Redpillneo is a contributing writer for Project Group Think. Follow us on Twitter – we’re PGTblog.

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The New Taste Of Tea

Whilst perusing the local CVS’s beverage selection, I was advised by a friend against the consumption of bottled water. It occurred to me, at that moment, that while I quite agreed with him I would still throw down my dollar fourteen with tax for a BOGO on iced tea. I would have my very own tasty drink experience, and another could be saved for later or given to a tea-less friend – and that for a cost that seems, even in harsh economies, nigh unto pittance.

Now, before you all run out to CVS and buy up all the iced ea, you should know two things. Number one is that CVS’s prices on certain contraceptives are double that of the gas station up the block, a poignant example of how capitalism can literally hold you by the balls. The other is that the tea in this bottle might seem cheap, but a dollar and a pan of water will fetch you a between ten and a hundred bags of tea, depending on the refinement of one’s palette.

This revelation made my purchase of the tea seem like lunacy. What could possibly be so expensive as to warrant such a mark up? I came to two conclusions.

First, the expensive glass bottle which chilled the tea seemed thick enough to raise expenses, but this only served to make things worse. By choosing to buy the tea at a store, not only am I paying through the nose, I’m wasting resources which will then be chucked back into a landfill, possibly in a developing country. Or your backyard. Or something else scary – people seem to believe things when they’re afraid. In any event, the materials for the bottle were a horrible excuse.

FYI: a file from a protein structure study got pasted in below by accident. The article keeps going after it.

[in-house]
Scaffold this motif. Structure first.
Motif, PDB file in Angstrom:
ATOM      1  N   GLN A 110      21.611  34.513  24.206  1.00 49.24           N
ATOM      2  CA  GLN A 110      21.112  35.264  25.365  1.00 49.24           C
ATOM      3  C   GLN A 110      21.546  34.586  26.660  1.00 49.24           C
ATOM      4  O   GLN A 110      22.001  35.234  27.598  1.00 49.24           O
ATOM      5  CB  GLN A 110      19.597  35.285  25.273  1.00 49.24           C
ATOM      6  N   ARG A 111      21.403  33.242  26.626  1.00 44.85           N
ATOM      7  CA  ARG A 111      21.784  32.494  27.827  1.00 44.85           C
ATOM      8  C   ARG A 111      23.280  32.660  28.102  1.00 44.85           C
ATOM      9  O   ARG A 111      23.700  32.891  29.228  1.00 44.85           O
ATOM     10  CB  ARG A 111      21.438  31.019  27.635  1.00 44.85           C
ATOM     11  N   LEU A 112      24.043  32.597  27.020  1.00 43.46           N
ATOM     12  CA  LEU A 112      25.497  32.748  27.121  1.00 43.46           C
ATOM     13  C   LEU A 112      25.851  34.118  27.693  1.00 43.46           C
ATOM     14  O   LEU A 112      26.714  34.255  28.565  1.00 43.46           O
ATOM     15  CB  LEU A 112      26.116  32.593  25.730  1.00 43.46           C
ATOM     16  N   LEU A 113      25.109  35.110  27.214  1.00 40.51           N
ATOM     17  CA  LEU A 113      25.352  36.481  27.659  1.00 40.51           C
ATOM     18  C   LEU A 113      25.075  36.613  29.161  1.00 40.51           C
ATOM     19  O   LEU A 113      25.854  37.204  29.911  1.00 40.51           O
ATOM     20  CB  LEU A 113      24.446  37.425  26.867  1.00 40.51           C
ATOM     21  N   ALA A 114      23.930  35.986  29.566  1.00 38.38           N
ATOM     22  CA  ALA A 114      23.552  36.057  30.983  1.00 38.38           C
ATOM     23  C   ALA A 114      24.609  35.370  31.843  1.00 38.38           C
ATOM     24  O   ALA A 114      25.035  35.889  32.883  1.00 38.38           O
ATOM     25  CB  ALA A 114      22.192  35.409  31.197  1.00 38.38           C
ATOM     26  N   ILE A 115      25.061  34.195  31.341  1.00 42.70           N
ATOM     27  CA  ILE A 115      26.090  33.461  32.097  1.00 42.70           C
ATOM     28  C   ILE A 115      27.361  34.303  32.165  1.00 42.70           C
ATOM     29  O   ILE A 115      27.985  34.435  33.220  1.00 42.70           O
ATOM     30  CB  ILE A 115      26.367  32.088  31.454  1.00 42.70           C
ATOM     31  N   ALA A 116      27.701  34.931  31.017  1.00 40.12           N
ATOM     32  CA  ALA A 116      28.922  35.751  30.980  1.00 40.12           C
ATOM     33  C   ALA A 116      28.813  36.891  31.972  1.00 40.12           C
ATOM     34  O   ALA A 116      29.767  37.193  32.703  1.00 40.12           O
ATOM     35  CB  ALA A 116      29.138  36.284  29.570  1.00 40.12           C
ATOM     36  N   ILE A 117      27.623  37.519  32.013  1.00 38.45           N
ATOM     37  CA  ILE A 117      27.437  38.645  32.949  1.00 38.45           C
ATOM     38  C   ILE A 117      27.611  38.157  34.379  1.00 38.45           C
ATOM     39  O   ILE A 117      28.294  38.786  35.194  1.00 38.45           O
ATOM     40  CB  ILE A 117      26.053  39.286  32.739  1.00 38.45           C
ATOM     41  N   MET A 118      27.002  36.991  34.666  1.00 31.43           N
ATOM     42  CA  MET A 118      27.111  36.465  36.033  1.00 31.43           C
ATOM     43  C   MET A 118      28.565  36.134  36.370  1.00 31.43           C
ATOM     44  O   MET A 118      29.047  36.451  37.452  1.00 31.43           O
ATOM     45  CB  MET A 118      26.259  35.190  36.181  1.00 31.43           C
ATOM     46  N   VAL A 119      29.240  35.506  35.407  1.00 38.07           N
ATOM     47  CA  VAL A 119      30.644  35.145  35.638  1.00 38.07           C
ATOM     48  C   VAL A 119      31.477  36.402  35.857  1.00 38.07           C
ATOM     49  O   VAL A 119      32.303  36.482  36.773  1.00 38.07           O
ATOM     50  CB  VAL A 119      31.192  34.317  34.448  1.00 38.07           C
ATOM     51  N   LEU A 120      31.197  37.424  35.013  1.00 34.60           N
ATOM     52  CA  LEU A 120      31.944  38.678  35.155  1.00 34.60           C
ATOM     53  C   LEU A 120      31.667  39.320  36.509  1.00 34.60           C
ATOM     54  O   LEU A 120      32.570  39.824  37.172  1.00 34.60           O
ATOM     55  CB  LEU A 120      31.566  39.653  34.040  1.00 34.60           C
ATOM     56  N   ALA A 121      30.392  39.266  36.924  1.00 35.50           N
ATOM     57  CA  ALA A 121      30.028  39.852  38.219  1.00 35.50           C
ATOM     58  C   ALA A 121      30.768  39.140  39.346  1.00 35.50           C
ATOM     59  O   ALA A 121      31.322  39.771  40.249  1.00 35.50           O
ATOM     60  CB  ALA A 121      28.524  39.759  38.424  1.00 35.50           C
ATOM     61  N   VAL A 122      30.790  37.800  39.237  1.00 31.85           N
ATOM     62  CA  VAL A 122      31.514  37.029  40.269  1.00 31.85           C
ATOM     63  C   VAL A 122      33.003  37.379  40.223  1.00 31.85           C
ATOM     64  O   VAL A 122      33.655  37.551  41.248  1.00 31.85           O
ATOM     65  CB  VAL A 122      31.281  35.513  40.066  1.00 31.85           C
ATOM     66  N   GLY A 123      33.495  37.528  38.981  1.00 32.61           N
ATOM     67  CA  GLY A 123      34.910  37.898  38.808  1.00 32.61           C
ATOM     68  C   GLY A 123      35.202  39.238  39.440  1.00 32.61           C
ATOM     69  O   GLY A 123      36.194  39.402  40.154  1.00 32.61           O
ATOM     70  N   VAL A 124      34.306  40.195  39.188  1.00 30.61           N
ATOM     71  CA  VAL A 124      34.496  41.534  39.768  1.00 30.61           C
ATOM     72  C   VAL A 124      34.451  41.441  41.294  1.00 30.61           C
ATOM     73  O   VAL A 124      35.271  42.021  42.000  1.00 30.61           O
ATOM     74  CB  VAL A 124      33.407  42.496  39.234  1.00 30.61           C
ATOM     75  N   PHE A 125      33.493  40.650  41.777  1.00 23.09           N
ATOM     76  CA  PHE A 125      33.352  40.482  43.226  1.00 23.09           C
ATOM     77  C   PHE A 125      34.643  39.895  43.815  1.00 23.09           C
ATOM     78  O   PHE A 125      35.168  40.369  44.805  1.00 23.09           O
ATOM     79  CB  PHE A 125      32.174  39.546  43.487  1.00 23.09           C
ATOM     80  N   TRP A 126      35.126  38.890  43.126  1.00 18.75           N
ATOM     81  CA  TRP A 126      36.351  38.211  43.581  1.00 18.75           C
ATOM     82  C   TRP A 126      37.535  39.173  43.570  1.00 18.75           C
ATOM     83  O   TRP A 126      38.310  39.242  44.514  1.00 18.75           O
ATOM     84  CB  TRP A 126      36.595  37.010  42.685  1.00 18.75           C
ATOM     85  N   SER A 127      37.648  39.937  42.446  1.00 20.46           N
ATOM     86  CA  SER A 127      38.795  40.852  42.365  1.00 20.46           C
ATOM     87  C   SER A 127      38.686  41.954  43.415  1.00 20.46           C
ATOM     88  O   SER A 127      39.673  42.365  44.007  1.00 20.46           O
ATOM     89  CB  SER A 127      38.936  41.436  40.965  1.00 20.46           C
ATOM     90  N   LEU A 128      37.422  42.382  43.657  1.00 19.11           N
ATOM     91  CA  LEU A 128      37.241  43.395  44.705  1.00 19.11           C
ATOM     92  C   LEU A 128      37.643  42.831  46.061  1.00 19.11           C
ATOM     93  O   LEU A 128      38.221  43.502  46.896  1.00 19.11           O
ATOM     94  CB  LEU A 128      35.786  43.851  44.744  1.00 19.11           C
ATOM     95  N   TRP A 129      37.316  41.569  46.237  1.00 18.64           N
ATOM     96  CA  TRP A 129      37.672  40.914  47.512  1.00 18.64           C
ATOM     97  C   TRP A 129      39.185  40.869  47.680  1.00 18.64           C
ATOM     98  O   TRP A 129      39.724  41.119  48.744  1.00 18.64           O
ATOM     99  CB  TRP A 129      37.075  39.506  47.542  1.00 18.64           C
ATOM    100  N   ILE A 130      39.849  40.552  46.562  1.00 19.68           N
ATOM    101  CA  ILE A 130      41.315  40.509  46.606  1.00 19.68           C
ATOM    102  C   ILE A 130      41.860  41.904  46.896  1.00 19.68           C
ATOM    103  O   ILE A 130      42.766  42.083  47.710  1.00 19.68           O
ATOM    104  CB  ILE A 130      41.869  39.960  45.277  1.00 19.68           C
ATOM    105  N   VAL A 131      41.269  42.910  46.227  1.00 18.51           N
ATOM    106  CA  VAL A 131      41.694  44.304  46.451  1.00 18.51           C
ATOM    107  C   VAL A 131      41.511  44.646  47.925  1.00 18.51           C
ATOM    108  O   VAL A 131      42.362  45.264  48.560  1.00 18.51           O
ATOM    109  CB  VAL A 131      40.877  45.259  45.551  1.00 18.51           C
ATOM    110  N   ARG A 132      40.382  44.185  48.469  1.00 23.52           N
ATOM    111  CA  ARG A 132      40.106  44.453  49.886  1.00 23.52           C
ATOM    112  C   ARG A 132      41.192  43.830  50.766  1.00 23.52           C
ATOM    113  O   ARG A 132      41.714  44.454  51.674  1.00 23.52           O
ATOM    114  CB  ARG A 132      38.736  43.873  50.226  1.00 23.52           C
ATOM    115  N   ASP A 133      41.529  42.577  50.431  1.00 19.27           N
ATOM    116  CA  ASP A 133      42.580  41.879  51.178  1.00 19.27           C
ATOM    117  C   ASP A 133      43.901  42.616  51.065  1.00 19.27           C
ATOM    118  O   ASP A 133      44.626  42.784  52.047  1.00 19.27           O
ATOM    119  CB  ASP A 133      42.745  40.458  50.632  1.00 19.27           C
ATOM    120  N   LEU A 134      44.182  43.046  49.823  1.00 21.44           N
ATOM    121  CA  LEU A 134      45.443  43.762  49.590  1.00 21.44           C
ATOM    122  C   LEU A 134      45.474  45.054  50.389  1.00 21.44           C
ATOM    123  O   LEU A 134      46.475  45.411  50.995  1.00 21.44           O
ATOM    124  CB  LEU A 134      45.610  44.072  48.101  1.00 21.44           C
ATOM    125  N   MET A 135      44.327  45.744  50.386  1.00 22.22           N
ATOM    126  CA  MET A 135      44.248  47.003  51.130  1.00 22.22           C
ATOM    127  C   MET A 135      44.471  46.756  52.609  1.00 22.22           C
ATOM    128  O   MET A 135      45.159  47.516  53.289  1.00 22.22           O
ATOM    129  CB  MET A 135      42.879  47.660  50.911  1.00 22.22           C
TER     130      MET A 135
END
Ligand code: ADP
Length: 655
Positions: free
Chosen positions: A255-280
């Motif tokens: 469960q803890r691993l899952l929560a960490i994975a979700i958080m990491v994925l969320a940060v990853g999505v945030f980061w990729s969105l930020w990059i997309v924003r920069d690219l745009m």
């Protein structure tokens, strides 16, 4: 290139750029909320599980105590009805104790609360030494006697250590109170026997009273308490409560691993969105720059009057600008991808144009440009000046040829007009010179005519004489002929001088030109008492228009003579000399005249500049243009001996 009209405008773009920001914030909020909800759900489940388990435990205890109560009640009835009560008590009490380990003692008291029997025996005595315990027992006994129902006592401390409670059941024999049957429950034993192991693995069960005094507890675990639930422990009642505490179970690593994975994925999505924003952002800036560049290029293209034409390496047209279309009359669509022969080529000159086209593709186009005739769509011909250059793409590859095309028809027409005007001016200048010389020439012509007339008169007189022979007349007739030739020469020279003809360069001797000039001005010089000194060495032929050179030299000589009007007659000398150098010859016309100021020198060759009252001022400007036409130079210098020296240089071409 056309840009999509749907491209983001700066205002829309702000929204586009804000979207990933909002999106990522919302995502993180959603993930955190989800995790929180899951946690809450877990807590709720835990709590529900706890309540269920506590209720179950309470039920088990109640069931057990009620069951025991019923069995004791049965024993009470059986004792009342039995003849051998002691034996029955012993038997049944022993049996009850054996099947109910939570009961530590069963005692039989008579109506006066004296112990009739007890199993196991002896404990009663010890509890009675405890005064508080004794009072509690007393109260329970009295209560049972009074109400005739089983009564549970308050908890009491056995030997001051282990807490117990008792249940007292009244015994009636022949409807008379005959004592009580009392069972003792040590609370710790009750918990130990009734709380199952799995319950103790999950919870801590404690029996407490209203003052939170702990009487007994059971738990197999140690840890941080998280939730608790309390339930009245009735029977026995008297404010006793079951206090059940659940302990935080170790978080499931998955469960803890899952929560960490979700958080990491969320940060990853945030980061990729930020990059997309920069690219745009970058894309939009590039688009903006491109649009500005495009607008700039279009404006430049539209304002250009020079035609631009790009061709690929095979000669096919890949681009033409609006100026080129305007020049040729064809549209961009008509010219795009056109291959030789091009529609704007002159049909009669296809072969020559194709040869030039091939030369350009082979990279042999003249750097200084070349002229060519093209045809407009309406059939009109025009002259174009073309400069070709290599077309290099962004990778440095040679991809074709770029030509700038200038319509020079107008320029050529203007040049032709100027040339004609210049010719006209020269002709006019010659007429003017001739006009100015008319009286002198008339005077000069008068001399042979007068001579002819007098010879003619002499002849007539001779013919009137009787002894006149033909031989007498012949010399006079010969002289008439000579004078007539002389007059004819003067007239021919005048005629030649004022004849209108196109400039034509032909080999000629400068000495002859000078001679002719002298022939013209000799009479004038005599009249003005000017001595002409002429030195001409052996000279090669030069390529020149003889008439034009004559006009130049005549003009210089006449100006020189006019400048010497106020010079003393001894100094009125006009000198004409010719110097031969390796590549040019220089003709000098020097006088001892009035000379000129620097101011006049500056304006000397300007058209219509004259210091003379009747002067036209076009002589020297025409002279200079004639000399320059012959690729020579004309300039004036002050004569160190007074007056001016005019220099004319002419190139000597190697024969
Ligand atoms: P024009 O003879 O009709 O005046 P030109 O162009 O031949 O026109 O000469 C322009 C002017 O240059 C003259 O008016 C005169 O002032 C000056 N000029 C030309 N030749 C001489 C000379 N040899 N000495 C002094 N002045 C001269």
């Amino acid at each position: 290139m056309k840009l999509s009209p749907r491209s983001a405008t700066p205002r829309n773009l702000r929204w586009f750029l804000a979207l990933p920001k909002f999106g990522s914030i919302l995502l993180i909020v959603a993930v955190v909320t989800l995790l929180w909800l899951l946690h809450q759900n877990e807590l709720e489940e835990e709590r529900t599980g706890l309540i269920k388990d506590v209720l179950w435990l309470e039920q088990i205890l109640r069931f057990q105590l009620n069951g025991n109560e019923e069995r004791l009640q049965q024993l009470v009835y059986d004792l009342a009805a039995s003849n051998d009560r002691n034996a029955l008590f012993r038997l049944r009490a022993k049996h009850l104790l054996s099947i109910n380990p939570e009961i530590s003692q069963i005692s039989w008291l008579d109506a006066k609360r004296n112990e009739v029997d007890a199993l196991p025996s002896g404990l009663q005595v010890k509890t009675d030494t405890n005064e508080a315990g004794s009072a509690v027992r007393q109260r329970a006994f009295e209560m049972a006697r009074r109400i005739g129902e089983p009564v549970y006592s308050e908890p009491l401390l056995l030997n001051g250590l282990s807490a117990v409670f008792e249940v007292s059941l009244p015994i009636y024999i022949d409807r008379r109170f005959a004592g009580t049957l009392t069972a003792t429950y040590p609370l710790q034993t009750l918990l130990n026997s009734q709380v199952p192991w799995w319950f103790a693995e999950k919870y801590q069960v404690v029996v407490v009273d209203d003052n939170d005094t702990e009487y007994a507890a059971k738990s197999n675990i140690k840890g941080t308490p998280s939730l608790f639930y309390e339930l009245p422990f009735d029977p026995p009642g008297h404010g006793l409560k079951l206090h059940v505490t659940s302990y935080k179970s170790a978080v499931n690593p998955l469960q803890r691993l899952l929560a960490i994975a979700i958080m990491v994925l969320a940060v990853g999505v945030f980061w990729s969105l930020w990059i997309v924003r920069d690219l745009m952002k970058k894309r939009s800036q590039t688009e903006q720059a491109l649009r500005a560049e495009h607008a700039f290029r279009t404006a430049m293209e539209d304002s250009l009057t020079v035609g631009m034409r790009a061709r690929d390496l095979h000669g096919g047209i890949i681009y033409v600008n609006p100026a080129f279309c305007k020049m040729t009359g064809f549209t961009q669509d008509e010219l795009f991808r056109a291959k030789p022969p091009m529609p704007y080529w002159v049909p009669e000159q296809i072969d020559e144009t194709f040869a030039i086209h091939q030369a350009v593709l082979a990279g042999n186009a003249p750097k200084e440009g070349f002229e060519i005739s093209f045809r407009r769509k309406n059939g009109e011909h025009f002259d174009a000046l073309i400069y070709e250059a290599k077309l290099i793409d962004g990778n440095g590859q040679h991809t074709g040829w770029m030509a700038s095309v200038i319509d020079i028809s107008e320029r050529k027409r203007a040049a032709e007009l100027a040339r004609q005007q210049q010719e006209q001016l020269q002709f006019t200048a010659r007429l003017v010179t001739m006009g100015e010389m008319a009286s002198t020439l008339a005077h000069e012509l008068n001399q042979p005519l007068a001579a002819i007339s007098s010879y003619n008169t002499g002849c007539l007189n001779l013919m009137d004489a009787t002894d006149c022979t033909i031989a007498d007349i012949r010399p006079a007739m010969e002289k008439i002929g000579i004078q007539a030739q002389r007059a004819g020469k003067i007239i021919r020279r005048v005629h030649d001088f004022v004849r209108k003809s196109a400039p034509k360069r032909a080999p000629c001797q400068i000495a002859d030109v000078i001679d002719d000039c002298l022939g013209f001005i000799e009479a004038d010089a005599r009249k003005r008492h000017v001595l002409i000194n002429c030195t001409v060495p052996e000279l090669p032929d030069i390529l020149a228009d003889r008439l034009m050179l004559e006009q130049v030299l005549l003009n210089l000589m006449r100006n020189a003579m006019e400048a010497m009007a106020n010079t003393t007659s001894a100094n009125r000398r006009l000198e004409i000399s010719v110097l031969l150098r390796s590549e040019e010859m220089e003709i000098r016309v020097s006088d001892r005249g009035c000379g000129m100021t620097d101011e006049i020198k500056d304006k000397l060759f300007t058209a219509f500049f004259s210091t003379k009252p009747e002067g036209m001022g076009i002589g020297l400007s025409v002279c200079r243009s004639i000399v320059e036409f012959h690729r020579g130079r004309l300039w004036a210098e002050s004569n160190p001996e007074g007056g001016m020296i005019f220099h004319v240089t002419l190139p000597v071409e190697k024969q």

(I suppose one could argue this about shipping as well, but this follows the same reasoning while necessarily implying the consumption of fuel and the consequent worsening of air quality.)

The second thought that sprung to mind was that it may be for sugar or some such thing, and for most of us, that may do the trick. Unfortunately, I had been drinking sugarless tea for awhile in he interest of physical health – not only was the stuff costly, but it was overwhelmingly potent. I felt so ripped off, I thought about cutting the tea with water as the bottle drained, to extend its life and decrease its seeming toxicity.

I like the idea of brewing my own tea. It also seems natural that the modern go-getter should keep themselves perpetually armed, a ready bottle ever at their side for the filling should the need of drink assail them! They could even fill it with –

Water.

Good, clear, natural water. I’ve been drinking more of this, and the taste does become acquired. Shit, you could even carry a thermos of water and tea bags simultaneously, perhaps even with some mint plucked from a kitchen garden.

There is so much to my simple life that strikes discordantly against the cry of reason. In these thoughts I find wonder, inspiration, maybe even…

potential for change?

Redpillneo is a contributing writer for Project Group Think. Follow us on Twitter via the name PGTblog.